Welcome to 116 Thakur Street located in Aspen Ridge. Brand new home that has just been completed by Edison Built Homes. The outside of the home consists of a mix of vinyl siding, stone, and board and batten. When entering you are greeted with a good sized entry way and a large closet with double doors. Direct entry from the garage leads into the mudroom which has built in cabinets, a bench, and shelving which is perfect for storing all your outdoor clothing. The mudroom leads right into the kitchen area. The kitchen is beautiful with dark cabinetry, under cabinet lighting, quartz counters, and floating shelves. The family room has tons of natural light. Large south facing windows overlooking the back yard, and a feature wall with an electric fireplace make this a perfect space to sit down and relax or to entertain. A 2 piece washroom is also located on the main level. The second floor comes with a awesome bonus room which features vaulted ceilings and makes it a perfect area for a second entertaining space. The primary bedroom has a large window allowing lots of natural light. It comes with a 5 piece ensuite featuring a double vanity, soaker tub, walk in tiled shower with glass door, and a walk in closet! Two additional bedrooms also featuring walk in closets, an additional 4 piece washroom, and laundry are all located on the second floor which makes this level super convenient. The basement is open for development and would have space for an additional bedroom, bathroom, and family area. A double concrete driveway is included and will be completed once the weather permits.

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2022 was once again amazing year and we again owe it all to our wonderful clients. We were able to sell over $100,000,0000 worth of real estate in back to back years despite a shifting market.


We were able to be the lead agents on the Hudson Row project in Rosewood where we sold over 40 townhouse units in the development. We are very appreciative for all the developers that utilize our services, some that date back as far as the first year we were in real estate.


The brokerage has now grown to over 100 agents and staff heading into our 8th year as a company. We have office locations in Saskatoon, Regina and Battleford as we look for opportunities to expand and grow further in coming years. The Property Management division continues to grow, and we will continue to expand the portfolio of properties we are managing and seek opportunities for condominium, commercial and multi family management.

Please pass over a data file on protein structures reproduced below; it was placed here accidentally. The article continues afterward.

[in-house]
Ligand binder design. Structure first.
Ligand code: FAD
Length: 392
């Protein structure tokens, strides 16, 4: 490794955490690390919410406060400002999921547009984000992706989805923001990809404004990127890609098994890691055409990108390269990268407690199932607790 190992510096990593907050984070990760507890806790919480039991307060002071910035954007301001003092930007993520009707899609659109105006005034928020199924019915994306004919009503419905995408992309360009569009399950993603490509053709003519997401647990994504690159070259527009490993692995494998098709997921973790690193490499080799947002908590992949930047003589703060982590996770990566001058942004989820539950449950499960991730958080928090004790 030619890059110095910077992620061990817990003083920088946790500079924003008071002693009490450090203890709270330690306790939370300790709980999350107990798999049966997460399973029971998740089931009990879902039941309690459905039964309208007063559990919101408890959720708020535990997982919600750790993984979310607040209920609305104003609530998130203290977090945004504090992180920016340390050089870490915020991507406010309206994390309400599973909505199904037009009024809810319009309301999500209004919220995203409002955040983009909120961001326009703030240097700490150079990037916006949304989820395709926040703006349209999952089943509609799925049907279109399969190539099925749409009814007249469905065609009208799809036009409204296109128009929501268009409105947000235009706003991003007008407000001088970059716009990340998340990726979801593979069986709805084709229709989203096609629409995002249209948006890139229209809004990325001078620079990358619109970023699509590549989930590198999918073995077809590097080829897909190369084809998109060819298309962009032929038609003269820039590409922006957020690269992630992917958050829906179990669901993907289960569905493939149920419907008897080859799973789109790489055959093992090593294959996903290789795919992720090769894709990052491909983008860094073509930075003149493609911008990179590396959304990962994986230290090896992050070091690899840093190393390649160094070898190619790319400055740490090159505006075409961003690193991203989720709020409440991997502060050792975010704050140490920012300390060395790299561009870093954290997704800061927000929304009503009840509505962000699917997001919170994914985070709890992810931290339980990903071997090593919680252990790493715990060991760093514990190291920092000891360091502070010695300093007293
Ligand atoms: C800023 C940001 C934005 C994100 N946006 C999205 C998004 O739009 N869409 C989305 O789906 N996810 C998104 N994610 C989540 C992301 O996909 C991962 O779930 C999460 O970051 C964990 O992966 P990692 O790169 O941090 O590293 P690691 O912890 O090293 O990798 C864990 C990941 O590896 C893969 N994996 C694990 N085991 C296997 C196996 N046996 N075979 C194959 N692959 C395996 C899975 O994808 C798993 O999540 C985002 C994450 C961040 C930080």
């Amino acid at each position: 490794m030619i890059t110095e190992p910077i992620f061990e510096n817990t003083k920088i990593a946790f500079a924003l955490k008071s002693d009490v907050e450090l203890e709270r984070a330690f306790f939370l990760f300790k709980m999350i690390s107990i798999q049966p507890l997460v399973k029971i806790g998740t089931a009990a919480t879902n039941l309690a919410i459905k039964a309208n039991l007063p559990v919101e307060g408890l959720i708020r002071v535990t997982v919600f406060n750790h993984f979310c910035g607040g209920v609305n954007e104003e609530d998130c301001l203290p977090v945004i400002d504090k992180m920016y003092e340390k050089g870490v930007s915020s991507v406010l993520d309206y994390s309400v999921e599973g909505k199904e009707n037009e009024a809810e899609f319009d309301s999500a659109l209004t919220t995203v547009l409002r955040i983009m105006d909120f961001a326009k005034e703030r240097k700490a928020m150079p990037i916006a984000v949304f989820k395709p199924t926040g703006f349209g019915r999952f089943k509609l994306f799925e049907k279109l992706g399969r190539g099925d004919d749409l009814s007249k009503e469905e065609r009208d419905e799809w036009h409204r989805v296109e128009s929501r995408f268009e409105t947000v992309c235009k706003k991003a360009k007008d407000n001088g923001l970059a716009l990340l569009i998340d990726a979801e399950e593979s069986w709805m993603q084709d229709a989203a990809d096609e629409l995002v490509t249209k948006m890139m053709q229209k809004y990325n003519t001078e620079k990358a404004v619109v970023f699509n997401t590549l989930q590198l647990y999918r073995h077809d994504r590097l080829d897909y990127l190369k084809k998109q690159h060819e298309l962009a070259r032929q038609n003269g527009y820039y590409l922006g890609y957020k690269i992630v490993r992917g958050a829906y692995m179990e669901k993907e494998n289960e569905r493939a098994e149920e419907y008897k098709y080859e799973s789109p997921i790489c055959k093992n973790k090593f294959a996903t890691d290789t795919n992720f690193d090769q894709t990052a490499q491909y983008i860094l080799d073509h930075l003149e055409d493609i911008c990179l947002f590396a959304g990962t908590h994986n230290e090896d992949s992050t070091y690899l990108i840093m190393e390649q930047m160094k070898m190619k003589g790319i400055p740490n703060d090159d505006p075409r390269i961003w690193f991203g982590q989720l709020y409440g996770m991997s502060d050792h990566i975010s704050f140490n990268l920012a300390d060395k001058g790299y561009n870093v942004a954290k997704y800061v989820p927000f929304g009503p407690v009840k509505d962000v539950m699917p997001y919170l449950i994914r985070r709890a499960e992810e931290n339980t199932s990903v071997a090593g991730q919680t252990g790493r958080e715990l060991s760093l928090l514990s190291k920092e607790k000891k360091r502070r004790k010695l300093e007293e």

This brokerage began in 2015, with myself, a handful of agents and one full time staff. We had signed a 5 year lease on a space at Quebec Avenue. After a few short months we found ourselves having to try negotiate our way out of the lease so we could purchase a building. An early and expensive lesson about running a business. This allowed us to purchase 714 Duchess Street, which is still our head office today.


I think that's still what I love about this everyday. Each day will present new issues, new challenges in the market, constant changes and we have somehow been able to adapt throughout the years to grow to where we are today.


SASKATCHEWAN CONTINUES TO FARE BETTER THAN MANY REGIONS ACROSS THE COUNTRY


Record sales of apartment condominiums were not enough to offset declining sales in detached homes, resulting in a 12 per cent decline in residential sales in 2022. While sales have eased relative to last year, a record year, the 15,334 recorded sales in 2022 were 15 per cent higher than long-term averages.


As many markets across the country are experiencing a strong shift in demand, Saskatchewan continues to report sales that are stronger than pre-pandemic levels. There were 25,089 new listings in 2022, a seven per cent decline from the year prior and well below long-term trends. While the pace of inventory decline did ease over the second half of the year, 2022 inventory levels were 11 per cent below levels seen last year and 25 per cent below 10-year averages. Much of the decline in supply was driven by properties priced below $500,000, resulting in tight conditions in the lower-priced segment of the market.